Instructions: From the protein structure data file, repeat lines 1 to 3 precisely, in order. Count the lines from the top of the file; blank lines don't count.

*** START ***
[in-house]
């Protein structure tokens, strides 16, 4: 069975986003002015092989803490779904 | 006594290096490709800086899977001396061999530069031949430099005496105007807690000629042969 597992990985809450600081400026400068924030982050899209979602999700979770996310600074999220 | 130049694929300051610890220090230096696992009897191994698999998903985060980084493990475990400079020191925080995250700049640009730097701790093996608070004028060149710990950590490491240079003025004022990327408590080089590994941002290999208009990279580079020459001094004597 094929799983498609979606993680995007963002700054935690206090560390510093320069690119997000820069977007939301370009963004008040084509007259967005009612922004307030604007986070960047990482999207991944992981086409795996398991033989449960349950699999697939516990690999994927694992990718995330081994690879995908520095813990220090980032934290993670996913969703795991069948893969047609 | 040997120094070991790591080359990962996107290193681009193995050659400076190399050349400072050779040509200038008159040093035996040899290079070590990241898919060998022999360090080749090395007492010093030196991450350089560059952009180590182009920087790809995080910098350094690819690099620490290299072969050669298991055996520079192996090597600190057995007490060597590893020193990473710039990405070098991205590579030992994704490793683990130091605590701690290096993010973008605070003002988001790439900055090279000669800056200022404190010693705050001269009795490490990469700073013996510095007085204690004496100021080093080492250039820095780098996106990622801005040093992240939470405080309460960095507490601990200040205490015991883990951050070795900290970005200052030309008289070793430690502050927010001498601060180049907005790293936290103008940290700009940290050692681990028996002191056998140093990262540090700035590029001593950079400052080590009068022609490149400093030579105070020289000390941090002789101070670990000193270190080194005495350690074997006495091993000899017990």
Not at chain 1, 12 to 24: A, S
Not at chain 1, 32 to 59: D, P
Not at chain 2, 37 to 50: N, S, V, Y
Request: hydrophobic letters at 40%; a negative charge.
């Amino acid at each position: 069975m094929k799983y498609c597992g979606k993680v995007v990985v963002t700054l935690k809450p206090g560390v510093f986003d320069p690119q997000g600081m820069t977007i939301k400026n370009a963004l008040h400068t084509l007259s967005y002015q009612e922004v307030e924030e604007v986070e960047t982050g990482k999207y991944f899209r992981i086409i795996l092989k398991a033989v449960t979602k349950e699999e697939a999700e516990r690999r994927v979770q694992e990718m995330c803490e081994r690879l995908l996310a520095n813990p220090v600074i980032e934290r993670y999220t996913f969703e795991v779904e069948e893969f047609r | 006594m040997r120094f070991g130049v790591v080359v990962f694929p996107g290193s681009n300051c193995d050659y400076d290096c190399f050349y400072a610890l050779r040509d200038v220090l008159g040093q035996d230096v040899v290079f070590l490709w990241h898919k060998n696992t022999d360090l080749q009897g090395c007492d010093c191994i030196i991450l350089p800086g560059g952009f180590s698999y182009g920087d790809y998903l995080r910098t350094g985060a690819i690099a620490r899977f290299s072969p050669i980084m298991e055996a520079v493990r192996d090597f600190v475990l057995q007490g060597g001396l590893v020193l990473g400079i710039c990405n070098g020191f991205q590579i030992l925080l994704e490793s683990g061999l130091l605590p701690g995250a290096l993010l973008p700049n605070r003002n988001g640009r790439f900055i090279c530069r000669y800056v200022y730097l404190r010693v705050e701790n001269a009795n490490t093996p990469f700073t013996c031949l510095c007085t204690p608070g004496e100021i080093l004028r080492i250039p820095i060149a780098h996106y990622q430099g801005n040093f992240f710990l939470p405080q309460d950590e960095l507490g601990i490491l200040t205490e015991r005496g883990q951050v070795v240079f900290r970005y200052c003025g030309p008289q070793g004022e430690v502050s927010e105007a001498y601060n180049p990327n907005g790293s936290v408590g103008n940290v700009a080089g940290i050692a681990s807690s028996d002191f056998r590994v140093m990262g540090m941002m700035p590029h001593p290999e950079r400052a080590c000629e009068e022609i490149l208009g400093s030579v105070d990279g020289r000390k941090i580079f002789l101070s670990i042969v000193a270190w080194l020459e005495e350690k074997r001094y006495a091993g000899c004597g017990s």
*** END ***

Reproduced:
[in-house]
């Protein structure tokens, strides 16, 4: 069975986003002015092989803490779904 | 006594290096490709800086899977001396061999530069031949430099005496105007807690000629042969 597992990985809450600081400026400068924030982050899209979602999700979770996310600074999220 | 130049694929300051610890220090230096696992009897191994698999998903985060980084493990475990400079020191925080995250700049640009730097701790093996608070004028060149710990950590490491240079003025004022990327408590080089590994941002290999208009990279580079020459001094004597 094929799983498609979606993680995007963002700054935690206090560390510093320069690119997000820069977007939301370009963004008040084509007259967005009612922004307030604007986070960047990482999207991944992981086409795996398991033989449960349950699999697939516990690999994927694992990718995330081994690879995908520095813990220090980032934290993670996913969703795991069948893969047609 | 040997120094070991790591080359990962996107290193681009193995050659400076190399050349400072050779040509200038008159040093035996040899290079070590990241898919060998022999360090080749090395007492010093030196991450350089560059952009180590182009920087790809995080910098350094690819690099620490290299072969050669298991055996520079192996090597600190057995007490060597590893020193990473710039990405070098991205590579030992994704490793683990130091605590701690290096993010973008605070003002988001790439900055090279000669800056200022404190010693705050001269009795490490990469700073013996510095007085204690004496100021080093080492250039820095780098996106990622801005040093992240939470405080309460960095507490601990200040205490015991883990951050070795900290970005200052030309008289070793430690502050927010001498601060180049907005790293936290103008940290700009940290050692681990028996002191056998140093990262540090700035590029001593950079400052080590009068022609490149400093030579105070020289000390941090002789101070670990000193270190080194005495350690074997006495091993000899017990």
Not at chain 1, 12 to 24: A, S